Lion of the Blogosphere

Bush et al. help Trump win

According to the NY Times, the Republican Party leaders are seriously mad at the establishment candidates (Rubio, Bush, Christie and Kasich) for attacking each other instead of going after Trump and Cruz. Bush is especially guilty for using his massive super PAC money to run anti-Rubio ads.

My analysis: these establishment candidates are behaving this way because they continue to cling to the belief (which until this month was the mainstream belief) that Trump will magically go away and Cruz is just a far-right guy like Huckabee or Santorum who only wins in Iowa and a handful of southern Bible-belt states, and thus the real race is between Rubio, Bush, Christie and Kasich.

I predict that they will hang on to this blue-pill belief until the bitter end. And then, finally, they will capitulate to the liberal MSM viewpoint that Republicans (other Republicans) were responsible for making the voters “angry” and in the future they need to cooperate more with the liberals.

Written by Lion of the Blogosphere

January 26, 2016 at 11:05 am

Posted in Politics

16 Responses

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  1. It’s pitiful to watch Jeb blame super pac chair Mike Murphy as well as Marco Rubio for his own poor showing. Jeb Bush is the most lame and utterly contemptible candidate to ever run for President. His campaign, and its sneering entitlement, is an absolute joke.

    B.T.D.T.

    January 26, 2016 at 11:37 am

    • His father blamed Pat Buchanan’s convention speech, a populist speech, as the cause of his defeat to Bill Clinton. This is the kind of crazy shit the establishment tell themselves. Kind of like their assessment that Romney lost because he wasn’t as multicultural as Obama.

      They view any route to victory preferable to the populist route.

      BTW – anyone notice that you never hear the media refer to Trump in the same ‘puppet on a string’ manner when describing electoral strategies as was the norm with the Bushes? No references to Trump’s Brain in the way you heard people refer to either Lee Atwater or Karl Rove in the context of the Bushes. In fact, Atwater would be loving this race. He totally understood the populist voting bloc.

      Curle

      January 27, 2016 at 12:56 am

  2. “I predict that they will hang on to this blue-pill belief until the bitter end.”

    Interesting, as these are the same guys who have taken the blue pill with regards to Islam, immigration, and a whole bunch of other stuff. Is there a common factor here?

    Hepp

    January 26, 2016 at 12:05 pm

  3. I don’t think the NY Times, or ‘Republican Party Leaders,’ or apparently anyone else really gets it, then.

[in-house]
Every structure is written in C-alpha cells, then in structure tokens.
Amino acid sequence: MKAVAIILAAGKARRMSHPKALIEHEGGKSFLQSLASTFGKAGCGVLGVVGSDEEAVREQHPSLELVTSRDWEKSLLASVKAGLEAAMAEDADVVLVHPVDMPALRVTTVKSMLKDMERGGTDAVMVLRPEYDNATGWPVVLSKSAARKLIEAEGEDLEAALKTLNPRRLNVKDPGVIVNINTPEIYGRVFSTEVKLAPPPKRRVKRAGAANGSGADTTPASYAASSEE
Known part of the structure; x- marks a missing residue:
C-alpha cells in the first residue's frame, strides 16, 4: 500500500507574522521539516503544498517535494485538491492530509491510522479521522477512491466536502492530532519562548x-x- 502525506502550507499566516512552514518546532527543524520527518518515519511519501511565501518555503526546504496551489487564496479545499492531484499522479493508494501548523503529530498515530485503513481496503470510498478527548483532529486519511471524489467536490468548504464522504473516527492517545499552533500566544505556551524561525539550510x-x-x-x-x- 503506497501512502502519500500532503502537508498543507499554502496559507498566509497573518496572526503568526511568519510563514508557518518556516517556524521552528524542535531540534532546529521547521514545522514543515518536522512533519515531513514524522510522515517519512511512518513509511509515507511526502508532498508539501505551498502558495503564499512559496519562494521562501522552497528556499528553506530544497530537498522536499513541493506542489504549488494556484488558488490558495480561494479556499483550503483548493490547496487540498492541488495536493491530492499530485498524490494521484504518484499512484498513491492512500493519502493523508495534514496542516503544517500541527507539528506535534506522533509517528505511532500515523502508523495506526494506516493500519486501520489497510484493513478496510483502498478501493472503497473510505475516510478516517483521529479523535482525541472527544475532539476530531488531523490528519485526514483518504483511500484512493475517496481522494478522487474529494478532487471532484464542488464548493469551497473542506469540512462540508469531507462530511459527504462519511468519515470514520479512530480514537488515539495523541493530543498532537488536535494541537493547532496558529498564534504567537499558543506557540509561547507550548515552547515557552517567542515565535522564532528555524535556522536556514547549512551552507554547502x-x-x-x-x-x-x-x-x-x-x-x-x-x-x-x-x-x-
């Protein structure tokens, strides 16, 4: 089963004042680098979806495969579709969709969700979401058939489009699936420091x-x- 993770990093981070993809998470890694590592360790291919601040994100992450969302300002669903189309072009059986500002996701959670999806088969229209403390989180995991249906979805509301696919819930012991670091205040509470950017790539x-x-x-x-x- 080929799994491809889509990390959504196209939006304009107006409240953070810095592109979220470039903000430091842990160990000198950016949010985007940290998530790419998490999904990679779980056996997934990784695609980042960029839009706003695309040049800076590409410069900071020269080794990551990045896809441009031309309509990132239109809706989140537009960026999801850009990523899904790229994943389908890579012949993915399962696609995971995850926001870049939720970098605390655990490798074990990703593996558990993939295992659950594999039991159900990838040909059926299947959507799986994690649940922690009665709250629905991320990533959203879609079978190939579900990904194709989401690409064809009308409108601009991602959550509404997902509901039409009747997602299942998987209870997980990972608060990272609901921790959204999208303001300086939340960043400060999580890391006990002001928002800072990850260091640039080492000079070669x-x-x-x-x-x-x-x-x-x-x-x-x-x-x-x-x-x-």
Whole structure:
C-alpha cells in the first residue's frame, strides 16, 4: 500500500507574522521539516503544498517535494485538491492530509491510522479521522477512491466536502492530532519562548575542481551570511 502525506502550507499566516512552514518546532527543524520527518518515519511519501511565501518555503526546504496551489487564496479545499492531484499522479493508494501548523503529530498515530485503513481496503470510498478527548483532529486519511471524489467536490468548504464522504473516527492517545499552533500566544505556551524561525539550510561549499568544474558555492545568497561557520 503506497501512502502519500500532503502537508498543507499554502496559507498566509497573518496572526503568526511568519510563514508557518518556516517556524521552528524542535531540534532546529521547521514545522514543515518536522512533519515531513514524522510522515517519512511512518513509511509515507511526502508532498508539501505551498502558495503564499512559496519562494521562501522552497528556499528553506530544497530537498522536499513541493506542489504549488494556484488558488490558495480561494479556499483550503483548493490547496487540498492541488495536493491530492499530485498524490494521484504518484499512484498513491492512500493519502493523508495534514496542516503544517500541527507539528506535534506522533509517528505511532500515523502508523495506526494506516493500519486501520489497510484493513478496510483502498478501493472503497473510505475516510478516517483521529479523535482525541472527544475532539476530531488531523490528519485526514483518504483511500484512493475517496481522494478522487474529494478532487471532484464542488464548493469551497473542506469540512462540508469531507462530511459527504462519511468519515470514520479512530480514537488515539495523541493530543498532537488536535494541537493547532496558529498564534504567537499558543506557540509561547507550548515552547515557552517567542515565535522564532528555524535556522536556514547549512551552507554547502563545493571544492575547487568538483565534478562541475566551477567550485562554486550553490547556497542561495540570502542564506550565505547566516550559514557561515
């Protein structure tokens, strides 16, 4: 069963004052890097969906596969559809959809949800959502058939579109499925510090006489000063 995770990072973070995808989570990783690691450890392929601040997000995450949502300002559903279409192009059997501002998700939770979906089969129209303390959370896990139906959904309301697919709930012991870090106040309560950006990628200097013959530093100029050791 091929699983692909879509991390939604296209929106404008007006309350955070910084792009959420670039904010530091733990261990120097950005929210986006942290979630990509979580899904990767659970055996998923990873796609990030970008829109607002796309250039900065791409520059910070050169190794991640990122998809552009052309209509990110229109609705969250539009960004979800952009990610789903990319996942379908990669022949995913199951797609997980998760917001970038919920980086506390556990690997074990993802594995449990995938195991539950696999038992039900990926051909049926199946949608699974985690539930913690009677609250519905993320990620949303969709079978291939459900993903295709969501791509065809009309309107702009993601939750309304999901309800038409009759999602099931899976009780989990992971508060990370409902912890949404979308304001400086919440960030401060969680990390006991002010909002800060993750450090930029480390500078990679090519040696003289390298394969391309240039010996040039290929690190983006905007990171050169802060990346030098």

I’m reasonably politically aware (though I don’t watch tv) and I can’t name a particular view of any of the Republican candidates other than Trump. Are Bush, Christie, Rubio, and Kasich attacking each other? Do they have political views that are different enough to even conduct an attack (what do Rubio and Kasich differ on that would make a difference to your average voter)? I would guess that most of my friends and family (who are upper middle class, well educated) couldn’t even name most of the candidates, and their knowledge would come down to: ‘Bush-the Bush from Florida, Christie-the fat guy from New Jersey, the other names sound vaguely familiar…but who is Kasich? Where is he from?’

    I suppose people who watch alot of tv have seen tv ads by these guys, attacking other of the guys, so maybe they have more name recognition than I give them credit for. But name recognition would be it. Knowing that one is attacking the other because of maximum tax rate, or policy difference in the Middle East, or views on education policy, or whatever the seven dwarves believe, is way beyond what the average American is keeping track of.

    anonymousse

    anonymousse

    January 26, 2016 at 12:10 pm

  4. The Stupid Party indeed

    McFly

    January 26, 2016 at 12:42 pm

  5. If you combined the money and support behind both Bush and Rubio, you would have had a formidable non-populist, pro-immigration candidate from Florida. .

    It’s kind of like if Andrew Cuomo ran against Hillary Clinton on the Democratic side, it would have created more of an opening for an anti-establishment candidate.

    The Bush-Rubio split is what doomed the establishment.

    McFly

    January 26, 2016 at 12:50 pm

  6. This sounds like a basic collective action problem. The establishment simply wants to avoid a non-establishment candidate, while each individual pro-establishment candidate wants to win the nomination for him/herself, probably figuring that their real competition for votes comes from others willing to suck up to party elites. From the perspective of rational self-interest, it makes sense Bush would go after Rubio etc. since he has no chance of winning over Trump voters.